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Sinn Féin TD Kathleen Funchion, chairperson of the Oireachtas Children’s Committee (file photo) Leah Farrell
Oxford University

Survivors and politicians express anger over Mother and Baby Home event

Members of the Oireachtas Children’s Committee have criticised the fact that Professor Mary Daly will appear “behind closed doors”.

LAST UPDATE | 2 Jun 2021

A NUMBER OF survivors and politicians have criticised the fact that one of the commissioners who examined mother and baby homes is speaking at an event organised by Oxford University today.

Professor Mary Daly is due to speak about the Commission of Investigation’s work at an online event organised by the university at 4pm today.

A number of survivors and politicians, including the chair and members of the Oireachtas Children’s Committee, have criticised the fact that Dr Daly is appearing at this event, after declining to appear before the committee as previously requested.

The chairperson of the Commission of Investigation, former judge Yvonne Murphy, in February declined an invitation from the Oireachtas Children’s Committee to appear before it, with a spokesperson saying at the time she was “unavailable”.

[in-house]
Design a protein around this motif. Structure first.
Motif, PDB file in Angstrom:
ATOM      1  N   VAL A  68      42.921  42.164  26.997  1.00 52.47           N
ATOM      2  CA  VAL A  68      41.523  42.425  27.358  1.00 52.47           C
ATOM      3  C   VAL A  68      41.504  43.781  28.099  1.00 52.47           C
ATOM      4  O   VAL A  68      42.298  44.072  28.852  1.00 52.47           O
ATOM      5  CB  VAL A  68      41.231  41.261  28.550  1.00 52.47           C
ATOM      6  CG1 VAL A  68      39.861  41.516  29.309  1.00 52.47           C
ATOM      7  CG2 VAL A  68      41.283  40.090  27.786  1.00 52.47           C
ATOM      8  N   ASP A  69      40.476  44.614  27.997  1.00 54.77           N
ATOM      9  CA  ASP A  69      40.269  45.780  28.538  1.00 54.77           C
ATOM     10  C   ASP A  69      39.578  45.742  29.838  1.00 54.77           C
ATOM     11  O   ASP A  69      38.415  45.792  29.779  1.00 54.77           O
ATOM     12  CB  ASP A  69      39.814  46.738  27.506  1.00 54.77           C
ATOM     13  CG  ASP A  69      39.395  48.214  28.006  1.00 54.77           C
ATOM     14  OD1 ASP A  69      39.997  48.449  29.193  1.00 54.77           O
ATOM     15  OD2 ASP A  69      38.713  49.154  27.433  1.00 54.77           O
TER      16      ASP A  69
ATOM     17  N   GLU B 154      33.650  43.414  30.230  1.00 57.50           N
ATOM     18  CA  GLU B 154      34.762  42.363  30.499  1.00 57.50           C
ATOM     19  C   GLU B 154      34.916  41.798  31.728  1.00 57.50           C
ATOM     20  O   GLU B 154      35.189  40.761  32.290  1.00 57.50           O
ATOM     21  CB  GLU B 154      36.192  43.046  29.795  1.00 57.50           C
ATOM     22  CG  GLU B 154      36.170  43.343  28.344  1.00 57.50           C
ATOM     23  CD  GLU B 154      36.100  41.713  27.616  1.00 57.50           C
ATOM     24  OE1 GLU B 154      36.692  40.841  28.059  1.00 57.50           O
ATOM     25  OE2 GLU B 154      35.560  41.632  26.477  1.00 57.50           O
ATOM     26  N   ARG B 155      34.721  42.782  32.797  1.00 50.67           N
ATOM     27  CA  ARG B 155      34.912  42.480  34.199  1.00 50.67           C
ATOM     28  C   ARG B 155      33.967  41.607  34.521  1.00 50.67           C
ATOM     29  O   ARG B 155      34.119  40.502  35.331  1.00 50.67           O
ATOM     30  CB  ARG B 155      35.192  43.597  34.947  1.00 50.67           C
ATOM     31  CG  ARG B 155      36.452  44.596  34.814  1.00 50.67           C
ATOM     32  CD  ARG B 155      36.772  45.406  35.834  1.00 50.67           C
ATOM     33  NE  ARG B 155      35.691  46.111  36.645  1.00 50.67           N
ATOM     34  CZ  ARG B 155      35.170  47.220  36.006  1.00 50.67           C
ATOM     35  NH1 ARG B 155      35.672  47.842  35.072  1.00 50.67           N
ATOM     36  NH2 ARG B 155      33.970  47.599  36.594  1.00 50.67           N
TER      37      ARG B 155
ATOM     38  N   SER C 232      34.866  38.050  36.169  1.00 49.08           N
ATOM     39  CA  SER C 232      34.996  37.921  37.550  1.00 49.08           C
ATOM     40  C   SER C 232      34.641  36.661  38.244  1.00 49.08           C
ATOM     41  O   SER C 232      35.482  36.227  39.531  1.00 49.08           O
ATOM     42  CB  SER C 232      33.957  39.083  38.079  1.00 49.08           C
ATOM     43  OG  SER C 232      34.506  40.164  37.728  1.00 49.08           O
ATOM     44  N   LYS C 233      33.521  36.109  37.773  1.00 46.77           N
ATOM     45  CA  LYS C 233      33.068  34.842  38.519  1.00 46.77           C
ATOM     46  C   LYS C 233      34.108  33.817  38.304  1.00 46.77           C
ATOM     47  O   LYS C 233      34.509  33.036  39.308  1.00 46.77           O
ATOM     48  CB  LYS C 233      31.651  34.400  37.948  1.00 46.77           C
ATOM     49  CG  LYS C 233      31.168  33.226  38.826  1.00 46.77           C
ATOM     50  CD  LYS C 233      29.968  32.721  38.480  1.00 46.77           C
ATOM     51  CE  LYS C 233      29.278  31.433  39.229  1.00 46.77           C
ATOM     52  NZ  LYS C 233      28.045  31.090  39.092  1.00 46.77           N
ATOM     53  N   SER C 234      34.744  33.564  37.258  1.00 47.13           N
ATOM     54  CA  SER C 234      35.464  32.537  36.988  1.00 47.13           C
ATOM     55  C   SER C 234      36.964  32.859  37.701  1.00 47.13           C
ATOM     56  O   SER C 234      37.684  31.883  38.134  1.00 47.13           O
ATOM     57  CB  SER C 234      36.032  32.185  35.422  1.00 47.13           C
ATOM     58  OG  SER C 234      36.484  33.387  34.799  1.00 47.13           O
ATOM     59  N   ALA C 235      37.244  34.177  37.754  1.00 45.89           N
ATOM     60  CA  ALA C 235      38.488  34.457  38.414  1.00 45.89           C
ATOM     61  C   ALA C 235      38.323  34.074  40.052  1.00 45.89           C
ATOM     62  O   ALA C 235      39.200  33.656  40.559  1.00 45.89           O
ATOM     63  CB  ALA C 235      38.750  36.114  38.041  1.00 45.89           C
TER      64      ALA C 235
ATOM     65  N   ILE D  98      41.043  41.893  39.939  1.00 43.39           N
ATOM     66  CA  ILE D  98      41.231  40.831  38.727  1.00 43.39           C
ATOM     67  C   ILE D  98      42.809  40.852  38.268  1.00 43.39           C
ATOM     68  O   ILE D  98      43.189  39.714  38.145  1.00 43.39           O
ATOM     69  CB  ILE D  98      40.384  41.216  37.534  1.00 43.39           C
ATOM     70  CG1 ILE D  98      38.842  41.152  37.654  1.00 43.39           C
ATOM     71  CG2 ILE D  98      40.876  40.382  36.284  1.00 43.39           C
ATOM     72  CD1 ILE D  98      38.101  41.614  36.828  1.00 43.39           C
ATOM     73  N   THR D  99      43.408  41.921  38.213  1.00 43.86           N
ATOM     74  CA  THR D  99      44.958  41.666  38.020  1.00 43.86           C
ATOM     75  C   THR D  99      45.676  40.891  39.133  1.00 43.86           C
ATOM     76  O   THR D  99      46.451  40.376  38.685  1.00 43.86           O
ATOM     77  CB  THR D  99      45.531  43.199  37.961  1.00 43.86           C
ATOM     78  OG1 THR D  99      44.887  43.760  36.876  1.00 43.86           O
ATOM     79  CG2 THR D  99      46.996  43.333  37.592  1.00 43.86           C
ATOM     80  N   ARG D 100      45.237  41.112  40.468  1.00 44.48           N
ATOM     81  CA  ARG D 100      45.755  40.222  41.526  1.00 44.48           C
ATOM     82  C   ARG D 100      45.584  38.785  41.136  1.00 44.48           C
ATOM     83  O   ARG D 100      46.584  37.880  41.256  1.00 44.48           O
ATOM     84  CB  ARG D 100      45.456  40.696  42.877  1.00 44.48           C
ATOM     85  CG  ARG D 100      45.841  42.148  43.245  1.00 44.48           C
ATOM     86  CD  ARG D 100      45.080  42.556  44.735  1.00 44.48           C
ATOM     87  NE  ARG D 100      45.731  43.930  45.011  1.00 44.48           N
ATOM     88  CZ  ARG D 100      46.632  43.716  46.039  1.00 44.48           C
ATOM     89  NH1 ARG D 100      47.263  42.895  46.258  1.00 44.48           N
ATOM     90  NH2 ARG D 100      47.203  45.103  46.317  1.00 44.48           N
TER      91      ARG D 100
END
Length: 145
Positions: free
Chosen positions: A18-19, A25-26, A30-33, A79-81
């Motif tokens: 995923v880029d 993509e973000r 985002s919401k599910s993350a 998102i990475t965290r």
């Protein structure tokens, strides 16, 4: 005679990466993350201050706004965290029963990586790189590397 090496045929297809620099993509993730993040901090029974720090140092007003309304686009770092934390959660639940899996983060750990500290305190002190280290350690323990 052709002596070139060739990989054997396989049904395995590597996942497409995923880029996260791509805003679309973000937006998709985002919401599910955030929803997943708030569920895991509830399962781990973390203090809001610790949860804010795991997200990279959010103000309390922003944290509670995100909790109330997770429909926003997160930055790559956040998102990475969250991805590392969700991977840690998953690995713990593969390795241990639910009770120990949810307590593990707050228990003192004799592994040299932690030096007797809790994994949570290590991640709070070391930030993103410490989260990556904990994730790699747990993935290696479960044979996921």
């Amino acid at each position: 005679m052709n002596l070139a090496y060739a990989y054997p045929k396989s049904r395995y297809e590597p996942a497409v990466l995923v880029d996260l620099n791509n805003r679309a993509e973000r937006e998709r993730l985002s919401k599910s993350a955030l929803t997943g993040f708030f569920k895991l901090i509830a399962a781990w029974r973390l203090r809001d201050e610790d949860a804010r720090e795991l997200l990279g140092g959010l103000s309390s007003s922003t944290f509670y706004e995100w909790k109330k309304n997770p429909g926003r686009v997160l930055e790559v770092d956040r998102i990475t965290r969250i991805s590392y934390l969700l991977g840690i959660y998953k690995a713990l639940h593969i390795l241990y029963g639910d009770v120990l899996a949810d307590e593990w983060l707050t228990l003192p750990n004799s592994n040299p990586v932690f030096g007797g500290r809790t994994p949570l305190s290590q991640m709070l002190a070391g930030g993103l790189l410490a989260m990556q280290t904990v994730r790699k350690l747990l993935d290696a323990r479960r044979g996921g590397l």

The committee then offered to “facilitate a different date” if needed, and extended the invitation to the other commissioners if Justice Murphy could not attend.

The other commissioners are Dr Daly, a retired professor of Irish History at University College Dublin and former president of the Royal Irish Academy, and Dr William Duncan, a retired professor of Law at Trinity College Dublin.

The Commission was wound down at the end of February and the commissioners are not legally obliged to appear before the Oireachtas.

The Commission’s final report, spanning 2,865 pages, details the experiences of women and children who lived in 14 mother and baby homes and four county homes between 1922 and 1998. It was published on 12 January, nearly six years after the commission was first set up.

Many survivors have criticised the report, in particular conclusions which state there was a lack of evidence of forced adoption and abuse, despite testimonies contradicting this. Some people have also said their testimonies were amended or misrepresented.

Sinn Féin TD Kathleen Funchion, chairperson of the Oireachtas Children’s Committee, today said she was “surprised to learn” that Dr Daly is taking part in today’s event.

“Just months ago, the Commission refused my invitation to come before the Oireachtas Children’s Committee and answer questions survivors and many others have about the distressing way in which their report has been handled.

“Survivors were understandably upset and insulted by this refusal to answer reasonable questions and be held to account about a report which has such profound implications for their lives.”

‘Why were so many of our testimonies misrepresented?’

Today’s discussion is only open to members of the university, according to the event description. However, The Journal understands that some survivors and members of the press have been able to register.